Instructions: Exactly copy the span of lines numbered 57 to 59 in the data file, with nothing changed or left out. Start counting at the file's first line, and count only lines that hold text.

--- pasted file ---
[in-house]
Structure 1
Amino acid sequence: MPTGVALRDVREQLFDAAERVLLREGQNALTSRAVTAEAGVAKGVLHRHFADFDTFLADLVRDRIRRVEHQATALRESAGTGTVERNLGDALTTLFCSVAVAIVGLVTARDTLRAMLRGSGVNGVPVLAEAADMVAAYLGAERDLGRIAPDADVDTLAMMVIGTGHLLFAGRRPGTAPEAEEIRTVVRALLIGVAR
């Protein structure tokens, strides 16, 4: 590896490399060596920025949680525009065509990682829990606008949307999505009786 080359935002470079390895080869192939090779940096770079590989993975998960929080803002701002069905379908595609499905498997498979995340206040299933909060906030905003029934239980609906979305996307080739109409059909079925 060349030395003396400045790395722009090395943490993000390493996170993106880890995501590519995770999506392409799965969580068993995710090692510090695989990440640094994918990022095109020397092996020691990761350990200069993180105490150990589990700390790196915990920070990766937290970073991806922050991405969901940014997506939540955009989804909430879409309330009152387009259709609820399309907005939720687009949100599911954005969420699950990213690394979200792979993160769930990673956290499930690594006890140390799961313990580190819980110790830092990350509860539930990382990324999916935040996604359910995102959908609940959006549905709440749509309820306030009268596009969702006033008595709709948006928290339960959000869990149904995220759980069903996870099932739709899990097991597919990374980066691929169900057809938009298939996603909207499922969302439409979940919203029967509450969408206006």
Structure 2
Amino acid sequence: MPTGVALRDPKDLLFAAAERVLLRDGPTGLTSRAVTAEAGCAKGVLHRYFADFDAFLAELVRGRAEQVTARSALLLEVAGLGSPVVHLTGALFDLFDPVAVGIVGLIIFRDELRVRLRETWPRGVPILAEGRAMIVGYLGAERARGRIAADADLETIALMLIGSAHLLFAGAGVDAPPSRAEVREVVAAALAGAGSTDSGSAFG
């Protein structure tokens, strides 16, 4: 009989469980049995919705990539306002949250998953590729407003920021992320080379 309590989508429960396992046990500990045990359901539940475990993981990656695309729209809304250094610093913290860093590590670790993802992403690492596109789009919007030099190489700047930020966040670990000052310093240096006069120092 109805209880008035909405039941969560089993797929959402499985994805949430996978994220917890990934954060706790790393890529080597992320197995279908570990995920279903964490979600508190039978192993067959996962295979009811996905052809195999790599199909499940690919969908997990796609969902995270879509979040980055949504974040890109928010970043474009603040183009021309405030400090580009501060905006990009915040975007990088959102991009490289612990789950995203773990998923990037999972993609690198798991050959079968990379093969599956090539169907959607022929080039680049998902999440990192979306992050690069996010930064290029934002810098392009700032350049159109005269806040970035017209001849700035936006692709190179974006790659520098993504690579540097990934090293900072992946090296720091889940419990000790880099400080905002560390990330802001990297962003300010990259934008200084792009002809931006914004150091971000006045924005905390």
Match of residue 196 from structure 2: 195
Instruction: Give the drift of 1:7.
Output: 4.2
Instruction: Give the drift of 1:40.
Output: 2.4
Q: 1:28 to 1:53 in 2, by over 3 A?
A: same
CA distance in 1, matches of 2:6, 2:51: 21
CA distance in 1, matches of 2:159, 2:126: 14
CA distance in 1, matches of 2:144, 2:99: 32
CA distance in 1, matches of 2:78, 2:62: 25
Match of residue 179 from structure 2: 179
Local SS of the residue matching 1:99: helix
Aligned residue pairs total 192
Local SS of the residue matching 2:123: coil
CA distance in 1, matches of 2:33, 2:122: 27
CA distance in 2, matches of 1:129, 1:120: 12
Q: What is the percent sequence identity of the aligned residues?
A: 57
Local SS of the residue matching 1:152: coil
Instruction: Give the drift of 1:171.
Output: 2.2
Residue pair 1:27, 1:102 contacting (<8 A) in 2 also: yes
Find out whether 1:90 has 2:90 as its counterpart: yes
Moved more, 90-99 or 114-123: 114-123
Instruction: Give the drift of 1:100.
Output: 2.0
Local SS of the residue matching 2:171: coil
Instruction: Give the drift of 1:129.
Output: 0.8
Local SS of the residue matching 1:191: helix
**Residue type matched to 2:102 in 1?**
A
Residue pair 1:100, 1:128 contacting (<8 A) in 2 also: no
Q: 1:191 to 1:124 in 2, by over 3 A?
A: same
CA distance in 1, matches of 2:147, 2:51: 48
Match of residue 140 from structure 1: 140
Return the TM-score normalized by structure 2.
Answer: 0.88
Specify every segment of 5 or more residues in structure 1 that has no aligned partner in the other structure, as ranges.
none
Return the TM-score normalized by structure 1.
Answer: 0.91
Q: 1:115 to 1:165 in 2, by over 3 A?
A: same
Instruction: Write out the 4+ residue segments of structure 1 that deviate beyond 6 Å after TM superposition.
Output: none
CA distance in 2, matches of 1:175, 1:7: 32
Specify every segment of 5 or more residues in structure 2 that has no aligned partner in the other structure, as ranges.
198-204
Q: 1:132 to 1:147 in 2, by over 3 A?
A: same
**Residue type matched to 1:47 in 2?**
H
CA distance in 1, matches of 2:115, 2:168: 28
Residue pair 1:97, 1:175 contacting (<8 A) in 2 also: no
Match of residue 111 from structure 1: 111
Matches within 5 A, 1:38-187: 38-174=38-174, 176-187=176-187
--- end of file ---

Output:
Specify every segment of 5 or more residues in structure 2 that has no aligned partner in the other structure, as ranges.
198-204
Q: 1:132 to 1:147 in 2, by over 3 A?